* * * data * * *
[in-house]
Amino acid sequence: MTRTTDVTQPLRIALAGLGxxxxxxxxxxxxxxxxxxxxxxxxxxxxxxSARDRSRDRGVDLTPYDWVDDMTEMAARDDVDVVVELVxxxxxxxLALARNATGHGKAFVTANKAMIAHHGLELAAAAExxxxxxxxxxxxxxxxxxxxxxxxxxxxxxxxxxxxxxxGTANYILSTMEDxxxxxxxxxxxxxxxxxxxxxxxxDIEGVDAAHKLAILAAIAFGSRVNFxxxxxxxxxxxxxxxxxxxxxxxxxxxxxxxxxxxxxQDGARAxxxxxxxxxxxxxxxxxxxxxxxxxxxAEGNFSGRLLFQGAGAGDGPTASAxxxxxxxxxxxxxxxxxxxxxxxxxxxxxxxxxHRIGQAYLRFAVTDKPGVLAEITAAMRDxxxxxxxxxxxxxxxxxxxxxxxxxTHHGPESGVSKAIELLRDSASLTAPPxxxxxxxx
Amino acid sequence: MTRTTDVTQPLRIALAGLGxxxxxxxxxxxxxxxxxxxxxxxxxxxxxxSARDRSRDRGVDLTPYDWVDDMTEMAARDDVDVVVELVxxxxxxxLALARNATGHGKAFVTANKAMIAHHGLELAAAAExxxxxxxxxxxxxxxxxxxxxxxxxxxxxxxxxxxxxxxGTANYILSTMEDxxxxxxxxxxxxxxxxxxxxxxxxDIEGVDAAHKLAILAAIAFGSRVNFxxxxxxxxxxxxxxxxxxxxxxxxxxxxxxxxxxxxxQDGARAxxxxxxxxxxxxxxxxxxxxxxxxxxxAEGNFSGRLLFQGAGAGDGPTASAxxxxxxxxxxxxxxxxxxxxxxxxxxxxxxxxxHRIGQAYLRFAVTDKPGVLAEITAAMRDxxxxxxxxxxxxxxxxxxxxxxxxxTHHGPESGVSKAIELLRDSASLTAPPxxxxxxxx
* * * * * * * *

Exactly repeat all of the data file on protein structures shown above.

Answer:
[in-house]
Amino acid sequence: MTRTTDVTQPLRIALAGLGxxxxxxxxxxxxxxxxxxxxxxxxxxxxxxSARDRSRDRGVDLTPYDWVDDMTEMAARDDVDVVVELVxxxxxxxLALARNATGHGKAFVTANKAMIAHHGLELAAAAExxxxxxxxxxxxxxxxxxxxxxxxxxxxxxxxxxxxxxxGTANYILSTMEDxxxxxxxxxxxxxxxxxxxxxxxxDIEGVDAAHKLAILAAIAFGSRVNFxxxxxxxxxxxxxxxxxxxxxxxxxxxxxxxxxxxxxQDGARAxxxxxxxxxxxxxxxxxxxxxxxxxxxAEGNFSGRLLFQGAGAGDGPTASAxxxxxxxxxxxxxxxxxxxxxxxxxxxxxxxxxHRIGQAYLRFAVTDKPGVLAEITAAMRDxxxxxxxxxxxxxxxxxxxxxxxxxTHHGPESGVSKAIELLRDSASLTAPPxxxxxxxx
Amino acid sequence: MTRTTDVTQPLRIALAGLGxxxxxxxxxxxxxxxxxxxxxxxxxxxxxxSARDRSRDRGVDLTPYDWVDDMTEMAARDDVDVVVELVxxxxxxxLALARNATGHGKAFVTANKAMIAHHGLELAAAAExxxxxxxxxxxxxxxxxxxxxxxxxxxxxxxxxxxxxxxGTANYILSTMEDxxxxxxxxxxxxxxxxxxxxxxxxDIEGVDAAHKLAILAAIAFGSRVNFxxxxxxxxxxxxxxxxxxxxxxxxxxxxxxxxxxxxxQDGARAxxxxxxxxxxxxxxxxxxxxxxxxxxxAEGNFSGRLLFQGAGAGDGPTASAxxxxxxxxxxxxxxxxxxxxxxxxxxxxxxxxxHRIGQAYLRFAVTDKPGVLAEITAAMRDxxxxxxxxxxxxxxxxxxxxxxxxxTHHGPESGVSKAIELLRDSASLTAPPxxxxxxxx